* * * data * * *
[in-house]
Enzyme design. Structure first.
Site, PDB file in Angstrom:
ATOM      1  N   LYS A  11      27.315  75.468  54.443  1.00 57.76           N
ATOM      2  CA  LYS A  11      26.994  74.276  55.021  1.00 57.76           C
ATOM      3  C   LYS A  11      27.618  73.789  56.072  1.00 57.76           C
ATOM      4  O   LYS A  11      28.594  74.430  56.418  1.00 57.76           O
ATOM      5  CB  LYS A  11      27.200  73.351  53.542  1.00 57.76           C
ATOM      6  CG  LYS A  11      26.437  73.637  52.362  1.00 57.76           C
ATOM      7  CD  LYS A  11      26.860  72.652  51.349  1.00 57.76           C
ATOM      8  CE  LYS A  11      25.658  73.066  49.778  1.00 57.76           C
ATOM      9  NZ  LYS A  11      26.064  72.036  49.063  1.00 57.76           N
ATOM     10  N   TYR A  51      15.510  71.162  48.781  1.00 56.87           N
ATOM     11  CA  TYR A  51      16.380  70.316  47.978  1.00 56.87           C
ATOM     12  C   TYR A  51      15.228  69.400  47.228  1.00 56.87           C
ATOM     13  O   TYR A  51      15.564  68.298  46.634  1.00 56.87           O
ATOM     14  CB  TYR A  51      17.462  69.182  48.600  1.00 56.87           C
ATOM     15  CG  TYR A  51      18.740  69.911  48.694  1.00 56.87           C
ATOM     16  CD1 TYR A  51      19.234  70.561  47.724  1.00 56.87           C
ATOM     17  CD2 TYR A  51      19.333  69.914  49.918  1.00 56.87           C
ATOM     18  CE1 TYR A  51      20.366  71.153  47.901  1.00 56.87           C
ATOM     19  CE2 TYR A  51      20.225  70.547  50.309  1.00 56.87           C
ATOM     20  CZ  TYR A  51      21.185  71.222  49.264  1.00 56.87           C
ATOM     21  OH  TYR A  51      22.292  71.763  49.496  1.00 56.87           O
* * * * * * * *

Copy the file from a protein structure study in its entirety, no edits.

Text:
[in-house]
Enzyme design. Structure first.
Site, PDB file in Angstrom:
ATOM      1  N   LYS A  11      27.315  75.468  54.443  1.00 57.76           N
ATOM      2  CA  LYS A  11      26.994  74.276  55.021  1.00 57.76           C
ATOM      3  C   LYS A  11      27.618  73.789  56.072  1.00 57.76           C
ATOM      4  O   LYS A  11      28.594  74.430  56.418  1.00 57.76           O
ATOM      5  CB  LYS A  11      27.200  73.351  53.542  1.00 57.76           C
ATOM      6  CG  LYS A  11      26.437  73.637  52.362  1.00 57.76           C
ATOM      7  CD  LYS A  11      26.860  72.652  51.349  1.00 57.76           C
ATOM      8  CE  LYS A  11      25.658  73.066  49.778  1.00 57.76           C
ATOM      9  NZ  LYS A  11      26.064  72.036  49.063  1.00 57.76           N
ATOM     10  N   TYR A  51      15.510  71.162  48.781  1.00 56.87           N
ATOM     11  CA  TYR A  51      16.380  70.316  47.978  1.00 56.87           C
ATOM     12  C   TYR A  51      15.228  69.400  47.228  1.00 56.87           C
ATOM     13  O   TYR A  51      15.564  68.298  46.634  1.00 56.87           O
ATOM     14  CB  TYR A  51      17.462  69.182  48.600  1.00 56.87           C
ATOM     15  CG  TYR A  51      18.740  69.911  48.694  1.00 56.87           C
ATOM     16  CD1 TYR A  51      19.234  70.561  47.724  1.00 56.87           C
ATOM     17  CD2 TYR A  51      19.333  69.914  49.918  1.00 56.87           C
ATOM     18  CE1 TYR A  51      20.366  71.153  47.901  1.00 56.87           C
ATOM     19  CE2 TYR A  51      20.225  70.547  50.309  1.00 56.87           C
ATOM     20  CZ  TYR A  51      21.185  71.222  49.264  1.00 56.87           C
ATOM     21  OH  TYR A  51      22.292  71.763  49.496  1.00 56.87           O